Country Info

CARE worked in Cambodia between 1973 and 1975, distributing food, providing medical assistance and improving education. From 1975 onwards CARE worked to support the millions of Cambodian refugees who fled the Khmer Rouge and were living in camps along the Thai-Cambodian border.

In 1990, we returned to Cambodia, working with the United Nations to help 370,000 Cambodian refugees return to their homes. Over the years, CARE has shifted its focus in Cambodia from short-term, vital relief operations, to long-term projects in health, education and rural development.


Our Work in Cambodia

Child Poverty

Half of all children live in poverty, spending their formative years struggling to survive.  

Market Access

More inclusive markets and access can help poor people improve their lives.


There’s a “savings revolution” taking place in many developing countries.

Youth Empowerment

Addressing the needs of the 1.8 billion young people in the world is critical to ending poverty.

Girls' Education

The majority of the 57 million children out of school are girls — their future is at risk.

Family Planning

Family planning is a proven strategy in reducing maternal mortality.

Clean Water

Access to clean water and decent toilets saves lives and helps families and communities prosper.

Poverty & Social Justice

Everyone in the world has the right to a life free from poverty, violence and discrimination.

Maternal Health

Hundreds of thousands of women die in pregnancy and childbirth, mostly from preventable causes.

Child Marriage

Child marriage is a gross human rights violation that puts young girls at great risk.

Violence Against Women

Gender-based violence is one of the most pervasive and yet least-recognized human rights abuses.

Why Women & Girls?

Why does CARE fight global poverty by focusing on women and girls? Because we have to.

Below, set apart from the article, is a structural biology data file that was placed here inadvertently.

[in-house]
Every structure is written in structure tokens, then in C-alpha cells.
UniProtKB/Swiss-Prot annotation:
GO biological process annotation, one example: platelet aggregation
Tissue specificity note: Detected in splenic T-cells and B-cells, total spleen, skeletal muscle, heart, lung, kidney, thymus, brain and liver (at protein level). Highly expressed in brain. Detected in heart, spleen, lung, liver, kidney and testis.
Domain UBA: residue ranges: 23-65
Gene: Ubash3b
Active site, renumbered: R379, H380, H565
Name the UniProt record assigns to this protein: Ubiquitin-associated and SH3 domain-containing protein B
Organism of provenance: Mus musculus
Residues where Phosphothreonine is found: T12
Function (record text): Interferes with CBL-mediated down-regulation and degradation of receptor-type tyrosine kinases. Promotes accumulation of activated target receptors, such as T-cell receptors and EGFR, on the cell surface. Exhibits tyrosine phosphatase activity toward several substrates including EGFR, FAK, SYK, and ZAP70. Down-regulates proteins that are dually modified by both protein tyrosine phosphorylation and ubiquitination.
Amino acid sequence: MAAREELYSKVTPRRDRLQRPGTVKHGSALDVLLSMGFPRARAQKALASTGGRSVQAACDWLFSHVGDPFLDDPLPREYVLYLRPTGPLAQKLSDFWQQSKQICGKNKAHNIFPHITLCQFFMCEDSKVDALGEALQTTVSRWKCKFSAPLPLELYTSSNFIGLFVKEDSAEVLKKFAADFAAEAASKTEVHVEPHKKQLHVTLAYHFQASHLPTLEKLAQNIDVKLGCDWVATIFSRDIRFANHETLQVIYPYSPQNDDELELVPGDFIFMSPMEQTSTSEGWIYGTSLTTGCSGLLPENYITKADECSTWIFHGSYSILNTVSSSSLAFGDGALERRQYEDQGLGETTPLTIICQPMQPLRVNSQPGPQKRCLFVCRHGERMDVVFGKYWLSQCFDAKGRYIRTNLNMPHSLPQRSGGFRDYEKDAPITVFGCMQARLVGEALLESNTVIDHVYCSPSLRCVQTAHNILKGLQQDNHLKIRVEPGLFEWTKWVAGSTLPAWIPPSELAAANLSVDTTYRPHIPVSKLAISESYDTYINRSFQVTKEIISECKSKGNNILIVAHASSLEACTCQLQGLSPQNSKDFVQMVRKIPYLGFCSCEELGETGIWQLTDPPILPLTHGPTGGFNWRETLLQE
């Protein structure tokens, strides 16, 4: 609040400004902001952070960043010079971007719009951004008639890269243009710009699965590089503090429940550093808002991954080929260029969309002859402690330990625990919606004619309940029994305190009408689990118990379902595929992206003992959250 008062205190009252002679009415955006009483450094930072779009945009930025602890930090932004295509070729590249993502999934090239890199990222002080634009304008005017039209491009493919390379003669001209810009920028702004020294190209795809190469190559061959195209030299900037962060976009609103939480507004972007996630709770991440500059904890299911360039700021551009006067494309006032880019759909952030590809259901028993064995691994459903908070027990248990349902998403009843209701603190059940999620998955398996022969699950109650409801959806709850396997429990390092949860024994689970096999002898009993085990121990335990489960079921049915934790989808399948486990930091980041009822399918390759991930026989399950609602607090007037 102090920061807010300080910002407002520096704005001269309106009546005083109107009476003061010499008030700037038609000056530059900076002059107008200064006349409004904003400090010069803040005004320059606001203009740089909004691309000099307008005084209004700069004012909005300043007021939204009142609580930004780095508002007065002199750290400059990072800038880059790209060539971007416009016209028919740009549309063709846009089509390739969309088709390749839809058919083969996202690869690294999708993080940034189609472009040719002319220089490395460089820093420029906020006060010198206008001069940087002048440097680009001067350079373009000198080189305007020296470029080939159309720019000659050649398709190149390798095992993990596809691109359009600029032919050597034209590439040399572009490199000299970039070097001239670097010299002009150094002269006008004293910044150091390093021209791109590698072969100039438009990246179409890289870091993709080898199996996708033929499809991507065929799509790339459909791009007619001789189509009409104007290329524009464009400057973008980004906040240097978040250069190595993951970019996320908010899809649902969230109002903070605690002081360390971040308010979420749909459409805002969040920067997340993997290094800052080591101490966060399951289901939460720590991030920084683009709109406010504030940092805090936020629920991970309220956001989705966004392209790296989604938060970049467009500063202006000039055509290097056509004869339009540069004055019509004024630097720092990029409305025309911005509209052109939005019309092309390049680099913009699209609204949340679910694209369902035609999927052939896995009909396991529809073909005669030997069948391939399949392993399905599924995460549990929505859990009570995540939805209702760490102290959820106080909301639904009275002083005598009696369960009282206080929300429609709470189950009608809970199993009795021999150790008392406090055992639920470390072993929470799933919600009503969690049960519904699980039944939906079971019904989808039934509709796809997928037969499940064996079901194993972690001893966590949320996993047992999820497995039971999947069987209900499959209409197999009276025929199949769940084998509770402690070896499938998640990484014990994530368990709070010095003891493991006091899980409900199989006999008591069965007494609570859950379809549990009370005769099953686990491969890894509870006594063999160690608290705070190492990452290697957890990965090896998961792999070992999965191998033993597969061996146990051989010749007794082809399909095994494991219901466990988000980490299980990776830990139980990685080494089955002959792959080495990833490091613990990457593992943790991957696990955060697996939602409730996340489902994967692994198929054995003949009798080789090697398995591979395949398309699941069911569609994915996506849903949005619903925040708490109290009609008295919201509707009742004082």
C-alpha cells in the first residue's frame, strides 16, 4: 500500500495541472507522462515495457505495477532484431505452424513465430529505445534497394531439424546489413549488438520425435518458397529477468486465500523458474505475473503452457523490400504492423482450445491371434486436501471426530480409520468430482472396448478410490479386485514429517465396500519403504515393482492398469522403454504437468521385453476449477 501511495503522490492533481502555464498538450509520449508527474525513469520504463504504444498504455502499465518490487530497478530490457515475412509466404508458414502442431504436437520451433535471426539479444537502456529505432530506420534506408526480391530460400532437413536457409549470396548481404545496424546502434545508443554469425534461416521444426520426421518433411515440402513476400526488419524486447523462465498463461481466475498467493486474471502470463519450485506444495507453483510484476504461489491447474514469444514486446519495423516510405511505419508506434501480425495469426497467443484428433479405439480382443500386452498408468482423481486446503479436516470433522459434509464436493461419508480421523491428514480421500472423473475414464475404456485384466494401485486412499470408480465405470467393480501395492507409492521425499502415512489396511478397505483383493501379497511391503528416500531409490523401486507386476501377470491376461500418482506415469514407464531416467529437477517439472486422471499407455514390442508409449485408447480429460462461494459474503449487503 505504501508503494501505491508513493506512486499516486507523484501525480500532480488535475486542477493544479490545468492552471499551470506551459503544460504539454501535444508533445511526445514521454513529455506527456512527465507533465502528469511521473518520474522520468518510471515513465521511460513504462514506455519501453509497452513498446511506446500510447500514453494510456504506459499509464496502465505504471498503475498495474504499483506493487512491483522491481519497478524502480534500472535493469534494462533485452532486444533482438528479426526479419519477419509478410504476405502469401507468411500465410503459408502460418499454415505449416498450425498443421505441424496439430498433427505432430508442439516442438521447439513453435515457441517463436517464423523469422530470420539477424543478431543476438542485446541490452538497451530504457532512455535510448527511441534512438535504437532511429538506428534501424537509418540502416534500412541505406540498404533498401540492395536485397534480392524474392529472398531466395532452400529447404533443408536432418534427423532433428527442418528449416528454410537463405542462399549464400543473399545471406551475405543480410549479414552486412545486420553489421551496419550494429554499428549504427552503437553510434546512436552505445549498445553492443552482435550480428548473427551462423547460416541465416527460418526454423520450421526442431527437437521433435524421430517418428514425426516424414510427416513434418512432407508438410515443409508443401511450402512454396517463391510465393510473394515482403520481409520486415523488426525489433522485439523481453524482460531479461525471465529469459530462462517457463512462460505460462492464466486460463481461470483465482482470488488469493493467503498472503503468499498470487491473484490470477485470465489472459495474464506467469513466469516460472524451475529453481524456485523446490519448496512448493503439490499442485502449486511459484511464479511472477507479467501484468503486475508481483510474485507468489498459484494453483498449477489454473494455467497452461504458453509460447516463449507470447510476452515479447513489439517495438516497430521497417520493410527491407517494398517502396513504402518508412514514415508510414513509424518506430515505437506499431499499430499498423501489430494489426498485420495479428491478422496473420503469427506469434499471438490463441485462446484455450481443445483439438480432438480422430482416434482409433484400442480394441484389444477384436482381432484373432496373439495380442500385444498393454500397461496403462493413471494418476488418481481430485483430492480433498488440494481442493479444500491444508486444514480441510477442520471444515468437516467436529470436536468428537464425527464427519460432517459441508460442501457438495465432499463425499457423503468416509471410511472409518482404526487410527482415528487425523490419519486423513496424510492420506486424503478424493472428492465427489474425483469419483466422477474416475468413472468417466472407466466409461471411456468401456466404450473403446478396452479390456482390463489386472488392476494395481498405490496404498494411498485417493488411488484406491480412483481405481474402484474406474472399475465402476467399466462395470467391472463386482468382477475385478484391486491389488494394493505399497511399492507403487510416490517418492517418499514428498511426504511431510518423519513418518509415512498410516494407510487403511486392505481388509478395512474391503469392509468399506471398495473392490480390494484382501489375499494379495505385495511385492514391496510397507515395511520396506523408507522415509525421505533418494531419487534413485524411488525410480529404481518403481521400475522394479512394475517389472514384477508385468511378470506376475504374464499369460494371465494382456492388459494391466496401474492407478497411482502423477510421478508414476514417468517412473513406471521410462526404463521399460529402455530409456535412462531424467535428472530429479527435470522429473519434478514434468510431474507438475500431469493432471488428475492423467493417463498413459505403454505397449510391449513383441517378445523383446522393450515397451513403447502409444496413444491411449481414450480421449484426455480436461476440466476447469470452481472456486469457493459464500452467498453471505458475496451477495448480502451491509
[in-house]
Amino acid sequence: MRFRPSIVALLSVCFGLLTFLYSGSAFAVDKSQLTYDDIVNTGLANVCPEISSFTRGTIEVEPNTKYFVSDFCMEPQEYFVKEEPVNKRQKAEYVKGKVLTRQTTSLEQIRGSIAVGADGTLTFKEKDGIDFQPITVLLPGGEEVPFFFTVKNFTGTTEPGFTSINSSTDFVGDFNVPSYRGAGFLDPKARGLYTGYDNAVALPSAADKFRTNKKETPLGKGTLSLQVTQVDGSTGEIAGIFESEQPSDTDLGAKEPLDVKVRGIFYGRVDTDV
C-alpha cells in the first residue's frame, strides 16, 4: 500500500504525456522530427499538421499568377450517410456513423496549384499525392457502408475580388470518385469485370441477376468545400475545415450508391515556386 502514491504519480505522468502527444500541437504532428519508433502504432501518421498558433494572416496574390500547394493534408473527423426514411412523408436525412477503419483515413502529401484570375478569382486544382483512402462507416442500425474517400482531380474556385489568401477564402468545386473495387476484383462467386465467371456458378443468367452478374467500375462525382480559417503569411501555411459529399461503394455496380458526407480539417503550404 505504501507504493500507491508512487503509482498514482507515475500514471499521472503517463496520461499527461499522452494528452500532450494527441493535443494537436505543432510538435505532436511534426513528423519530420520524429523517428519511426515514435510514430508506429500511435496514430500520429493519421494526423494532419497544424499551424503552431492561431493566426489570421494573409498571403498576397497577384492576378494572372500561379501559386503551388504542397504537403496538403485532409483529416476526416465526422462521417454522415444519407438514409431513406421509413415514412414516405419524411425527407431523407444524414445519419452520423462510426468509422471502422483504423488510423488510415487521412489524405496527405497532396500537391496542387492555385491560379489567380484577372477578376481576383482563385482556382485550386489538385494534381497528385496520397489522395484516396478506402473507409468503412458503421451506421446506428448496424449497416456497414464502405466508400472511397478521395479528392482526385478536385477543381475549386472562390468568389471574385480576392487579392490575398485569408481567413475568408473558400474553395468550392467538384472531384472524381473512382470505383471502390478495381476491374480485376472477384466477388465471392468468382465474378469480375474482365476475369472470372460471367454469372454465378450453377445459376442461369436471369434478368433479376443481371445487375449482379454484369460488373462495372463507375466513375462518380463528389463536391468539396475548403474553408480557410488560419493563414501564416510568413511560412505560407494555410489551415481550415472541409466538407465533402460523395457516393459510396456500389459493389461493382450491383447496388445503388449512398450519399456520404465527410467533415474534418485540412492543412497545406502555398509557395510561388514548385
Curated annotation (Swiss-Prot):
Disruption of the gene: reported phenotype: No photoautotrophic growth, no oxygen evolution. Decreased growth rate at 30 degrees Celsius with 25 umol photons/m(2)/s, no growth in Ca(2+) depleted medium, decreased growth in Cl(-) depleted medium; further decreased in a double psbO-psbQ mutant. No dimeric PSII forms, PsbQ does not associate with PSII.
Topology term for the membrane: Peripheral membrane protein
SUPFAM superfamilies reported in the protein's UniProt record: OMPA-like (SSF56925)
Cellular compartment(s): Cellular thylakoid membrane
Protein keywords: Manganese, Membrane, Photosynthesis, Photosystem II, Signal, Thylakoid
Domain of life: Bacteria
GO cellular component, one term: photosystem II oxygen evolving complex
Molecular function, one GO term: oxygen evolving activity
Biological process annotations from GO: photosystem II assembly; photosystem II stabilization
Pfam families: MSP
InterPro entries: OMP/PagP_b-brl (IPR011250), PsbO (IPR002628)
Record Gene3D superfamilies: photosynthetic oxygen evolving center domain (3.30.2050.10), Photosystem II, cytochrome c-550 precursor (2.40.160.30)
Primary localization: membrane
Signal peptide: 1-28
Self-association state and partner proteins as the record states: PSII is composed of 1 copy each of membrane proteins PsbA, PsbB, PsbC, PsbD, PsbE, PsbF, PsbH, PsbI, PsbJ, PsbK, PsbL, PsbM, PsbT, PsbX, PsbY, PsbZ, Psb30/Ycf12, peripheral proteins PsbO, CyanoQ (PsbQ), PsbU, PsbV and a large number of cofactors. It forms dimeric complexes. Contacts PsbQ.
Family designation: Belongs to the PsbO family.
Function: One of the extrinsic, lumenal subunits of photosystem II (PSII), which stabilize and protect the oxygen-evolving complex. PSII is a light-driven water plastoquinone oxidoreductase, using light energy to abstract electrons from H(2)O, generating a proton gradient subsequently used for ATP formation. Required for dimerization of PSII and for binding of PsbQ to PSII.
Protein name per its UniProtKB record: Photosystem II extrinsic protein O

Latest News from Cambodia

Girls Most Likely to: Multiply What They’ve Learned

Girls Most Likely to: Multiply What They’ve Learned

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In 2003 the Highland Children’s Education Project started in Ratanakiri, Cambodia, opening the first community schools in six ethnic minority villages. Three of these villages were of the Kreung ethnic group and three were of the Tampuen ethnic group. 

Lun Pheat, Nen Thu, Vin Sa Chhnoeum, and Ravae Saphea were four girls among the first group of children who started grade 1 that year. They started their studies learning to read and write in their own language and were gradually introduced to Khmer, the national language. By grade 4, 100% of their studies was in Khmer.

Bipartisan Congressional Delegation Travels with CARE to See Better Solutions to Women’s Health in Cambodia

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Members of Congress witness how strong health systems create healthy, self-sufficient moms and families

WASHINGTON (Nov. 25. 2014) – A group of bipartisan members of Congress traveled with the poverty-fighting organization CARE to some of the poorest areas of Cambodia to learn how U.S. investments in health are saving lives and empowering communities. The members included Rep. Kay Granger, R-Texas, Rep. Ander Crenshaw, R-Fla., and Rep. Mike Quigley, D-Ill.

Teach a Woman to Farm and She Will Teach a Village

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In the Koh Kong province of Cambodia, CARE is tackling poverty by teaching women to become innovators. The Young Women in Business project helps women access employment and income opportunities in this area of Southwestern Cambodia where gender inequality is high and job opportunities are scarce.

Chim Srey Thorn, age 27, is one of these women who now runs her own business thanks to the training she got from CARE. Through the Young Women in Business project she learned how to raise livestock, manage a small business and handle finances. She also learned basic veterinary skills.